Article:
Everything That Happens Will Happen Today, is sort of like My Life in the Lawns and Hedges. It’s a sort of suburban gospel album, full of major-key pop melodies, stacked, sterile harmonies, and lyrics that struggle, in a time of global uncertainty, to find comfort in images of domesticity. (“Home, with our bodies touching/Home, with the cameras watching/Home, where my world is breaking in two.”)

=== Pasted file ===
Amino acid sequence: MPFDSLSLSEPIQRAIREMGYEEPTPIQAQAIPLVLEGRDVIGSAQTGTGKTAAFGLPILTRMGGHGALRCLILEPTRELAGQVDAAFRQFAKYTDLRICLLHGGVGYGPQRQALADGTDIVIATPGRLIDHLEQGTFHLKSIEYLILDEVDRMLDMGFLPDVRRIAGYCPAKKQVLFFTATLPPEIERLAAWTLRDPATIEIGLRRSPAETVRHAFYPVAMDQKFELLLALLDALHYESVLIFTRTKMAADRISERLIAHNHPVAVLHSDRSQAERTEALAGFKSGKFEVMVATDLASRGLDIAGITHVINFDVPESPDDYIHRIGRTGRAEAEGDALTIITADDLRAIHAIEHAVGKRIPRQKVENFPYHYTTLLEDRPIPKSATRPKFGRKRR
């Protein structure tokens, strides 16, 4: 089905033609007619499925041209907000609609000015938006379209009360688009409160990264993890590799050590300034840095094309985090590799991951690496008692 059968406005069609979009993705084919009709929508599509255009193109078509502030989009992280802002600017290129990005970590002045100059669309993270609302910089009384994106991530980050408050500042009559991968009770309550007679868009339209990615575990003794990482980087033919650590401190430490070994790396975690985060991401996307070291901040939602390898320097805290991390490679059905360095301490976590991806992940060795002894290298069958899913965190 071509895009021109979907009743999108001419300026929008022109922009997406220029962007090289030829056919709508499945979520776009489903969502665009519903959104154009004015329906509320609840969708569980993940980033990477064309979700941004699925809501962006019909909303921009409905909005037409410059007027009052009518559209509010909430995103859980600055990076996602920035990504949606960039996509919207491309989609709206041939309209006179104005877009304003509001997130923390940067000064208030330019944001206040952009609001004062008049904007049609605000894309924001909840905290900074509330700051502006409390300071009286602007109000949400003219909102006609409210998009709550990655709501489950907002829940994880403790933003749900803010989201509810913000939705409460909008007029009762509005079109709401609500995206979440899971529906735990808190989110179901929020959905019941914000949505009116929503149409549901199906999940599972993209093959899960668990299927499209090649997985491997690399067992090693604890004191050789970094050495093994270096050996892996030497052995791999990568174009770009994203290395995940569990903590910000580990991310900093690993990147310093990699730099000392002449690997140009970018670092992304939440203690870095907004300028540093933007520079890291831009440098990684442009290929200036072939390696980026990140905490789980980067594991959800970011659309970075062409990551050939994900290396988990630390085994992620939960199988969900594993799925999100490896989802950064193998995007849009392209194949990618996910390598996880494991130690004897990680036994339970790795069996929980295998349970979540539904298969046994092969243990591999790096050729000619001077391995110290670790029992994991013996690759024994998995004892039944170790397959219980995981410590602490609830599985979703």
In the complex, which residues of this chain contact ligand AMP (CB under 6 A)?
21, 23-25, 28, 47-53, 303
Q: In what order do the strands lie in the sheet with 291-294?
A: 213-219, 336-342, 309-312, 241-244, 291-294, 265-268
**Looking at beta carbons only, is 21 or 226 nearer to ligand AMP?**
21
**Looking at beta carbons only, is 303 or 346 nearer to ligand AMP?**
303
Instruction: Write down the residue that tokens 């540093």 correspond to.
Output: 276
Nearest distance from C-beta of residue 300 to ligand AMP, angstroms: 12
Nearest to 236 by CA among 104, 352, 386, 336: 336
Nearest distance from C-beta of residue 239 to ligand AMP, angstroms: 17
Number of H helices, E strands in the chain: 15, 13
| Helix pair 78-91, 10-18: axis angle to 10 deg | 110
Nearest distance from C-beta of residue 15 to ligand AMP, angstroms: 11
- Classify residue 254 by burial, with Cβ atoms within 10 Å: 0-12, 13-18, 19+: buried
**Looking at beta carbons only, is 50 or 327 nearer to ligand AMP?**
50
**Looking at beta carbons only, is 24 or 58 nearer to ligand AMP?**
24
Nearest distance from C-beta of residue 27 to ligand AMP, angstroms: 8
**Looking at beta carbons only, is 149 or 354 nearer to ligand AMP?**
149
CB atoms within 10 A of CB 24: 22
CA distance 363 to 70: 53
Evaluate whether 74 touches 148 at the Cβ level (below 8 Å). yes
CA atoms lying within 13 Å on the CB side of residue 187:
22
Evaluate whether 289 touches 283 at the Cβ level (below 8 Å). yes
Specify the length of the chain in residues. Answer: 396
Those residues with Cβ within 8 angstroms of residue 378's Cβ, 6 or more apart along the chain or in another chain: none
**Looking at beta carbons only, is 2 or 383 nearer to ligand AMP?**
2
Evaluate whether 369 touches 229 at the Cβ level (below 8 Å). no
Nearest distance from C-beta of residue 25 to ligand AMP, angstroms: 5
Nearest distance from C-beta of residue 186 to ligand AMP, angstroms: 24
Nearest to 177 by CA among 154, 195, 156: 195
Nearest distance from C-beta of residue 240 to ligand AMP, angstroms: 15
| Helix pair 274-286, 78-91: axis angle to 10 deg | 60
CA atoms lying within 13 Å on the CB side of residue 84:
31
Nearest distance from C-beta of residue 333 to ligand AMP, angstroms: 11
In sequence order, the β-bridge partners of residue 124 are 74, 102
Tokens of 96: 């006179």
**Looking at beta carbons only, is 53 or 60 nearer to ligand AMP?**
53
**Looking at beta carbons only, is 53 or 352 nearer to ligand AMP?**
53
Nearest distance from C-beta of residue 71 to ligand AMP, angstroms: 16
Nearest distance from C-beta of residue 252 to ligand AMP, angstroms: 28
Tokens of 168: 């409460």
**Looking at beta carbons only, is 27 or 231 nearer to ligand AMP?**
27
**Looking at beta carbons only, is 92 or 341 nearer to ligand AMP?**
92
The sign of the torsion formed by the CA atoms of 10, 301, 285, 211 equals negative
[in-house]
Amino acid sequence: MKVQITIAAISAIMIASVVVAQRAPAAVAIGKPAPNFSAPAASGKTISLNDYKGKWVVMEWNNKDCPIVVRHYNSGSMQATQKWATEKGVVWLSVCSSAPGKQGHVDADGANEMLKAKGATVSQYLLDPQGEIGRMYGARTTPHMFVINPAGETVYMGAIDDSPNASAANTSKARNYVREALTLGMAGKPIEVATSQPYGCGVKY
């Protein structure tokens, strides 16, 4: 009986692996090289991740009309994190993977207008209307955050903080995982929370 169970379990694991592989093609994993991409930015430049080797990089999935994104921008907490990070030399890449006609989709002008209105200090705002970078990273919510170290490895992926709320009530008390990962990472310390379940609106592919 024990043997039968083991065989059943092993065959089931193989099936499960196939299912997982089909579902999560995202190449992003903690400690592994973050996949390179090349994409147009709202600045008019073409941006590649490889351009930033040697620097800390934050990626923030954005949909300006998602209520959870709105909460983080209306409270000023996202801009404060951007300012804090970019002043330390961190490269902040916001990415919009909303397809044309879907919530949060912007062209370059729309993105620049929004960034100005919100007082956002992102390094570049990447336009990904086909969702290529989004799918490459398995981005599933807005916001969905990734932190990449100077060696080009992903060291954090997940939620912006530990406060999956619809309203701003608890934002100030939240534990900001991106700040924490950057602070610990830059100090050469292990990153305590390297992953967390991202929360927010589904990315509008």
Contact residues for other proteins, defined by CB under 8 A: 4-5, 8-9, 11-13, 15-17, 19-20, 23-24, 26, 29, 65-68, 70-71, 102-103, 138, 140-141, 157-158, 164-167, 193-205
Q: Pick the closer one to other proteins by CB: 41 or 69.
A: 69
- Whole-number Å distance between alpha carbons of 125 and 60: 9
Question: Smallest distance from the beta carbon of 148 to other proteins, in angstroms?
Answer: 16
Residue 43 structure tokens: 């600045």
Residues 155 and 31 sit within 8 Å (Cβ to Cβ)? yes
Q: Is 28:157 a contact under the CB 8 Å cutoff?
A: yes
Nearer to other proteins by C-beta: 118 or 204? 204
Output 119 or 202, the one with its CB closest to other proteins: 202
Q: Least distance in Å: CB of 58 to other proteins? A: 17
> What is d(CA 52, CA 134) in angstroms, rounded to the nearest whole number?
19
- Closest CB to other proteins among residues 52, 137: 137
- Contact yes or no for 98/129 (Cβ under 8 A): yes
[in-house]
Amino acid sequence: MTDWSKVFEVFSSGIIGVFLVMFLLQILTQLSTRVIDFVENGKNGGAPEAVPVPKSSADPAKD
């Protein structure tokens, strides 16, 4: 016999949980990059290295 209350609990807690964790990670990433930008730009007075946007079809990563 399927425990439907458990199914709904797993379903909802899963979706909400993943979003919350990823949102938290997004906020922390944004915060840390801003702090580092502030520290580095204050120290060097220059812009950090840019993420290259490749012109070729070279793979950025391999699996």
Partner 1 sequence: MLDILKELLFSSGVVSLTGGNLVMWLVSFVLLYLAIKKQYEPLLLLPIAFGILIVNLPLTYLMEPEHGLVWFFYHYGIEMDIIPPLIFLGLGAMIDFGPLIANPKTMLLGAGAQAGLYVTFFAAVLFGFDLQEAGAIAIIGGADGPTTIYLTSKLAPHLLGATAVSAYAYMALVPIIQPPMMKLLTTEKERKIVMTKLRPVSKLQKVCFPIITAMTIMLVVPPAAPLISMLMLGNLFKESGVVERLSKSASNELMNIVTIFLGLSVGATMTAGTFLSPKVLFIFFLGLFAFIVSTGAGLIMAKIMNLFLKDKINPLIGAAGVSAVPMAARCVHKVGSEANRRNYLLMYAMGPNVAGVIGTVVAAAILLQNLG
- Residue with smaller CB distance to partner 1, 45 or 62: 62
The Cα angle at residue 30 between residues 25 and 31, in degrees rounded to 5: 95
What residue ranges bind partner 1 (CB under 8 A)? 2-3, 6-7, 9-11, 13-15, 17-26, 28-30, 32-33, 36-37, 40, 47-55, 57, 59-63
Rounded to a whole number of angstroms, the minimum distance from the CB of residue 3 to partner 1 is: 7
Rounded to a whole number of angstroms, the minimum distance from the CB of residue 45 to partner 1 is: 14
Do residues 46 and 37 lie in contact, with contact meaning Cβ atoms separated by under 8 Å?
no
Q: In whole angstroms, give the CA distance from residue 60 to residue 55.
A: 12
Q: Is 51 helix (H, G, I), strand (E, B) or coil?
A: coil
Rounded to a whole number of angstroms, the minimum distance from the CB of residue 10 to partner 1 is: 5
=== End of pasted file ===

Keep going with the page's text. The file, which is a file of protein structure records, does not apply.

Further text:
Byrne has talked about how Everything That Happens was inspired by gospel songwriting, and that’s true of the songs ‘tone of hope in despair and emphasis on phrasing more than their structure and sentiments. There are hints of gospel in Byrne’s lyrics here, like the line “chains and bars but I am still free” in “Life Is Long”; most of them, though, circle around thoughts of mortality and aging. The album’s highlight is “Strange Overtones,” a bubbling dance song that obliquely addresses Eno and Byrne’s creative process and the worry that music’s fashions have passed them by. And the title track is a sort of secular hymn, a profession of faith from which everything beyond what’s plainly evident has become subject to the erase button.